by Dom Wiseman

The CSIRO has announced a partnership with ocean technology start-up, Saildrone, to improve measurement and monitoring in Australian waters and the Southern Ocean. Saildrone are a San Francisco-based start-up.

The research partnership will be conducted over five years and will see the deployment of unmanned ocean surface vehicles, Saildrones, for the first time in Australian waters.


The aim is to expand the network of marine and climate monitoring systems around Australia. They will collect data on sea-surface temperatures, salinity levels, and ocean carbon. This will become the platform for continued development of the next generation of marine and climate technologies.

The craft are solar and wind powered with a maximum at sea time of 12 months. They can be tasked to assist in research including conducting stock assessments, uploading data from subsurface sensors or even responding to marine emergencies.

Controlled remotely from anywhere in the world, they are equipped with both automatic identification systems (AIS) and ship avoidance systems to alert and avoid other ocean users.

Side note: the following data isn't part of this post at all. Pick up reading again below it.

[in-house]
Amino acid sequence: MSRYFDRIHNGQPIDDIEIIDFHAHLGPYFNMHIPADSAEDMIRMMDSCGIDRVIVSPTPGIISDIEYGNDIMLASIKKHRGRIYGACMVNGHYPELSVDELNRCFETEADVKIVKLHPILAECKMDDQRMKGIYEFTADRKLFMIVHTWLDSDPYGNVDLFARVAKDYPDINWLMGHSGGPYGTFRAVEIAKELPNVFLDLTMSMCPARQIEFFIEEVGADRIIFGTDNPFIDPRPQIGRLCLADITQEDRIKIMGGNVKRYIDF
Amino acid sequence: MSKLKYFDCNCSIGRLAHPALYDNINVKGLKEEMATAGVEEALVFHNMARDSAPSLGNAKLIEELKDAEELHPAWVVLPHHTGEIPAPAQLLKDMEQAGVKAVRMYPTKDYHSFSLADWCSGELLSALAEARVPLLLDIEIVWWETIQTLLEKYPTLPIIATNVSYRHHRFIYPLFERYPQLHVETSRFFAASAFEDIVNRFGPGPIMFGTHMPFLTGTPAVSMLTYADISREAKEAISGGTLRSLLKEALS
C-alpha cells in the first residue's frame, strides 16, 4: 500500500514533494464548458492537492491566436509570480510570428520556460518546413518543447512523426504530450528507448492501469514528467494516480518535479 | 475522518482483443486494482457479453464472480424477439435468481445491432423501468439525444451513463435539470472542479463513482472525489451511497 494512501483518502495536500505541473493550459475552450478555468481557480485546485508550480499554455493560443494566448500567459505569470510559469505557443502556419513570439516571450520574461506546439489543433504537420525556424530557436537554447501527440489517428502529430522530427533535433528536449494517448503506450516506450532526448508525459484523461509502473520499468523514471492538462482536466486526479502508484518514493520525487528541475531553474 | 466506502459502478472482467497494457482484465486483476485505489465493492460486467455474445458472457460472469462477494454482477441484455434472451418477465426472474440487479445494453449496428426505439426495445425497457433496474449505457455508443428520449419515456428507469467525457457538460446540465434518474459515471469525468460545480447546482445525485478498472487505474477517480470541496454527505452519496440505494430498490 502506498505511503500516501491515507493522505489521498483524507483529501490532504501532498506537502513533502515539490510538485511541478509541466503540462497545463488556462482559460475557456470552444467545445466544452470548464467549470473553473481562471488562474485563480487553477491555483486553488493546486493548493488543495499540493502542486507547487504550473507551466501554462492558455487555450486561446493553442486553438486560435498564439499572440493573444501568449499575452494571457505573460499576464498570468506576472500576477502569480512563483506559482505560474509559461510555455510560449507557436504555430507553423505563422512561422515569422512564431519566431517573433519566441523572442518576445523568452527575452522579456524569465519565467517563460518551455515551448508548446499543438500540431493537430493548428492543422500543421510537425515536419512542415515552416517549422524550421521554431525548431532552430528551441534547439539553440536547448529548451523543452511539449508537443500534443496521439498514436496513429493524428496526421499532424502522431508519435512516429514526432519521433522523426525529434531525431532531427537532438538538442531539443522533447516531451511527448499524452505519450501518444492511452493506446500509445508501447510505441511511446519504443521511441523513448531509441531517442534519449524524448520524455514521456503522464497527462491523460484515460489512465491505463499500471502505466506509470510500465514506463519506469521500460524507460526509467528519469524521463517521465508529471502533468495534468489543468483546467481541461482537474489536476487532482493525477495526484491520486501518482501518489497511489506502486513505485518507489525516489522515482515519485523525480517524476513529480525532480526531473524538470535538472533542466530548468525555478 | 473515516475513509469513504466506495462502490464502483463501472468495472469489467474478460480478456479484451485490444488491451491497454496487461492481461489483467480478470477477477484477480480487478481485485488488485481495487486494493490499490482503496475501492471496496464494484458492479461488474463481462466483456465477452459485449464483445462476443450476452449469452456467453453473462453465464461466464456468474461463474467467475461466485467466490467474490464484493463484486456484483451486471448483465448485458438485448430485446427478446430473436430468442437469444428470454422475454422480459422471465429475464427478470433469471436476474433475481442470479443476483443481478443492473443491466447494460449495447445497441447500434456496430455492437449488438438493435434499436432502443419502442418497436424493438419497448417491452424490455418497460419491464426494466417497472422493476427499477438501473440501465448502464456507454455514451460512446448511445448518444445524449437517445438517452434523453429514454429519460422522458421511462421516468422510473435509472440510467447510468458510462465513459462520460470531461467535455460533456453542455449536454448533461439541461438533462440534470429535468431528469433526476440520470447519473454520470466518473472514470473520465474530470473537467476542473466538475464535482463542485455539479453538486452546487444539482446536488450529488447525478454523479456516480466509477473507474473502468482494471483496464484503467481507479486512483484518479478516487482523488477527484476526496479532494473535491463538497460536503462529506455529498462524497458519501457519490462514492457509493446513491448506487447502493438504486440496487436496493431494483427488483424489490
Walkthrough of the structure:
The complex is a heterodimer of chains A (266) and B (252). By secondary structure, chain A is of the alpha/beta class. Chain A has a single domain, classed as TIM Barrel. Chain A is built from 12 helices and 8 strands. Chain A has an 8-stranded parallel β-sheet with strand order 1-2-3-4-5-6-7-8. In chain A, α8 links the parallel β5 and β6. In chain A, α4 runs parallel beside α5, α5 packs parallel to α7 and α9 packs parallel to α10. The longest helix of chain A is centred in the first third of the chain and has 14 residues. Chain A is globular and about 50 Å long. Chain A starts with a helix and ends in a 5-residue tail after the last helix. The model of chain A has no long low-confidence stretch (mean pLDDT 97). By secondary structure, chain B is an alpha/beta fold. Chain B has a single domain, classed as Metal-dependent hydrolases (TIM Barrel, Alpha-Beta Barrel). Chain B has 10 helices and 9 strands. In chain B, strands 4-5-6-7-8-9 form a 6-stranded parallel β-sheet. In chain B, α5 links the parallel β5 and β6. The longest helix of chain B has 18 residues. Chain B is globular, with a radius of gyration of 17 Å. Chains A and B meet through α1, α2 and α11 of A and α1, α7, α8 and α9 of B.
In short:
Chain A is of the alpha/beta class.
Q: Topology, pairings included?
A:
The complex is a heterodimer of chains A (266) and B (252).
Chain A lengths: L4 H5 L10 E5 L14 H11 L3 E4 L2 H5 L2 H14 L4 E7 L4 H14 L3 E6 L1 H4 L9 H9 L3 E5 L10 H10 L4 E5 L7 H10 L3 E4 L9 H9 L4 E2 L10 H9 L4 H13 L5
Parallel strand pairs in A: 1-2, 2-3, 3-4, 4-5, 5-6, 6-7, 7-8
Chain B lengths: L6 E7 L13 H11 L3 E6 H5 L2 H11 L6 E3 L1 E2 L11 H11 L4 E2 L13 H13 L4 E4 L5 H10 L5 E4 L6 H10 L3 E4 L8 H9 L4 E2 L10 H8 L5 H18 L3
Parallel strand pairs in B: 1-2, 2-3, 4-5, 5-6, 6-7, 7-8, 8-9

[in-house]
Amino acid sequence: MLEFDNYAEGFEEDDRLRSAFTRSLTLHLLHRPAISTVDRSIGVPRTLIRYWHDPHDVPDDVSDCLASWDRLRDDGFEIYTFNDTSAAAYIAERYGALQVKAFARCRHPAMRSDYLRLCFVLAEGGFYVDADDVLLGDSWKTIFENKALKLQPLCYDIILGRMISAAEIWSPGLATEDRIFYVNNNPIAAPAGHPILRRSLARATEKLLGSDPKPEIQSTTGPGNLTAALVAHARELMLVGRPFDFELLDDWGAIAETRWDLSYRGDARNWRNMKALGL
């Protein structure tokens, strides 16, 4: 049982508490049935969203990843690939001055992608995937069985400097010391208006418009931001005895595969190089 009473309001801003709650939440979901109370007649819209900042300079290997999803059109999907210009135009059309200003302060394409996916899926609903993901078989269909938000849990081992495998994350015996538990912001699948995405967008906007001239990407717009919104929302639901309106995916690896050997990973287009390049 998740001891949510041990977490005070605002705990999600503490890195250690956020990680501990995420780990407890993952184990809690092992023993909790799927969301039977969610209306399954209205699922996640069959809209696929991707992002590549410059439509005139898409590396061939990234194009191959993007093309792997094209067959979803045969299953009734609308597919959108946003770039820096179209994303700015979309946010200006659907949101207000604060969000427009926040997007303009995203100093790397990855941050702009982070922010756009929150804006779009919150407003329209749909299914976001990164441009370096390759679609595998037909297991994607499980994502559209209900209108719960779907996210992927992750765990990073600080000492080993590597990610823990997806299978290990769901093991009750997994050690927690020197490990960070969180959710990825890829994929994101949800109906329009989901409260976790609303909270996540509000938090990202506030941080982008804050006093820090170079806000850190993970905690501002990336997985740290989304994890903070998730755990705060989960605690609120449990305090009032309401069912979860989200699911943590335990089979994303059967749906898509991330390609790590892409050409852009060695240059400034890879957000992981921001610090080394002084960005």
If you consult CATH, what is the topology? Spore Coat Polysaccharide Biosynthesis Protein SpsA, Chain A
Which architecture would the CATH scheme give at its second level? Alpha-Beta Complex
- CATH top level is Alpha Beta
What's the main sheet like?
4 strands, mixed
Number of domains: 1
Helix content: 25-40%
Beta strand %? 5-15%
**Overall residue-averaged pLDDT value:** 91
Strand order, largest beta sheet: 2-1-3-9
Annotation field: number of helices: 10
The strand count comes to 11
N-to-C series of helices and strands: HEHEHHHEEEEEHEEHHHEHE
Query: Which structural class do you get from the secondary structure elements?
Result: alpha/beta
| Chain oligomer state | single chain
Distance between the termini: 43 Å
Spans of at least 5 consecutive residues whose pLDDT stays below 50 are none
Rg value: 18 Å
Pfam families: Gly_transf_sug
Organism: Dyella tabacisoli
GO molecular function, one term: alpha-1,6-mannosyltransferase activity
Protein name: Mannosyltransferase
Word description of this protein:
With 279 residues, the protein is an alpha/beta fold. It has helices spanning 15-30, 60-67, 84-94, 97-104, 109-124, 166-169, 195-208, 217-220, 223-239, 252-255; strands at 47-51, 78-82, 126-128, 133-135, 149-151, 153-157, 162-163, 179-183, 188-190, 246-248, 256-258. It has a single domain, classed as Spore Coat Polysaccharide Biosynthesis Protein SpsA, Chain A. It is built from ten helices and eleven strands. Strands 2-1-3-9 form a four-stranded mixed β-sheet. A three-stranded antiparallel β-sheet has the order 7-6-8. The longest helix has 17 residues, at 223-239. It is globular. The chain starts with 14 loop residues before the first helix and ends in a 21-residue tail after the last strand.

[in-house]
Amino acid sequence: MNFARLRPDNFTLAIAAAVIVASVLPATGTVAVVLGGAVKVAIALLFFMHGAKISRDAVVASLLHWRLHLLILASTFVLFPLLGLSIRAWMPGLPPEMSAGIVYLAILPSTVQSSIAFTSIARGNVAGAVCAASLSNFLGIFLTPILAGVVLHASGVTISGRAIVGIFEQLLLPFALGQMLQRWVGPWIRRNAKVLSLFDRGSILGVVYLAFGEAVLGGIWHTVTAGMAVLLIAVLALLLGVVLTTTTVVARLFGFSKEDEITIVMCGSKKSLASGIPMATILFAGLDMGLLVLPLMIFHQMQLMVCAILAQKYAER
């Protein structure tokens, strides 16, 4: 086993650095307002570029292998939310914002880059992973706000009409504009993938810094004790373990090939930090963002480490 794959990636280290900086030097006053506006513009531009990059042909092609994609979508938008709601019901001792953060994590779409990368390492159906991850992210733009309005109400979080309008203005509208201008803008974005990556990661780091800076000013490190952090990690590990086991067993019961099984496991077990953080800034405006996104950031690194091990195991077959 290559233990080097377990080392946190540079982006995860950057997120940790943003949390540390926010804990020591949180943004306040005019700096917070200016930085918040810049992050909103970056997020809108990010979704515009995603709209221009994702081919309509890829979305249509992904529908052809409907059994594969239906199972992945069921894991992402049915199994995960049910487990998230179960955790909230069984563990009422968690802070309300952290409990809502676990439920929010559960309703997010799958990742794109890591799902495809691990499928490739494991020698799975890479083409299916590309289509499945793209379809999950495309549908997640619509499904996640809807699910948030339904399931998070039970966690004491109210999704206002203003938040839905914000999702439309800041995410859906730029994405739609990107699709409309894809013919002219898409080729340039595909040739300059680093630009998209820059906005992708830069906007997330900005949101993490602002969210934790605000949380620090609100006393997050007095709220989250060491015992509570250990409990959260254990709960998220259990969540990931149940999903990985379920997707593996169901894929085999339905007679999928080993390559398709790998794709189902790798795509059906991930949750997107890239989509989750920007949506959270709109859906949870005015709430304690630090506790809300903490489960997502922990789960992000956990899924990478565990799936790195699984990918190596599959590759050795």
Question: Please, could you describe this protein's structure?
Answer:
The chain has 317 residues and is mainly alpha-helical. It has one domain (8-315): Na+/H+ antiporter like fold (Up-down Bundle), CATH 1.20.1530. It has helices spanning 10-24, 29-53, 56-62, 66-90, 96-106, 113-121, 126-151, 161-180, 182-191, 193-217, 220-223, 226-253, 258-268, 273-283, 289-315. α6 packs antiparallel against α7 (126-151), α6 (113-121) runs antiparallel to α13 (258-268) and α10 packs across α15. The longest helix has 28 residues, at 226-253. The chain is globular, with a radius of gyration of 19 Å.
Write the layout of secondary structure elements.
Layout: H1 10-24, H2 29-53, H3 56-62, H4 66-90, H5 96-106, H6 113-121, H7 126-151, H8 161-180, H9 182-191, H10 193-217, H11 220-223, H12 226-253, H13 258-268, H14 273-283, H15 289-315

CSIRO Research Group Leader Andreas Marouchos said the partnership would see the organisation manage a fleet of three Saildrones deployed from the CSIRO in Hobart.

“This research partnership comes at a critical time for the marine environment, and at a time when technological innovation in the marine sector is booming,” Mr Marouchos said.

“Saildrones are long-range research platforms that can be sent to remote locations for an extended period of time, delivering real-time data back to scientists that was previously impossible to collect.”

“The devices gather fundamental information about our oceans and climate using a powerhouse of ocean chemistry, meteorological and marine acoustic sensors.

“CSIRO is at the forefront of advances in marine engineering and technology, with a demonstrated track record in providing new tools and methods for world-class oceans research.”

Australian Saildrone  founder and CEO Richard Jenkins said

“Saildrone and CSIRO share the same passion for innovation and engineering to help solve some of the most challenging problems facing the world,” Mr Jenkins said.

“Autonomy is a key technology for accessing the southern oceans, which are understudied due to the rough seas and the limited number of vessels that regularly pass through the region.”

This will be a true collaboration with the CSIRO involved in the development of the technology starting with developing and affixing sensors designed to measure ocean carbon, as well as provide biomass estimates in the water column.

By remotely controlling the craft, they can be quickly redirected to meet any need. They can provide a quick response to changing ocean conditions such as algal blooms. In the past measuring such an event required large vessels and crew.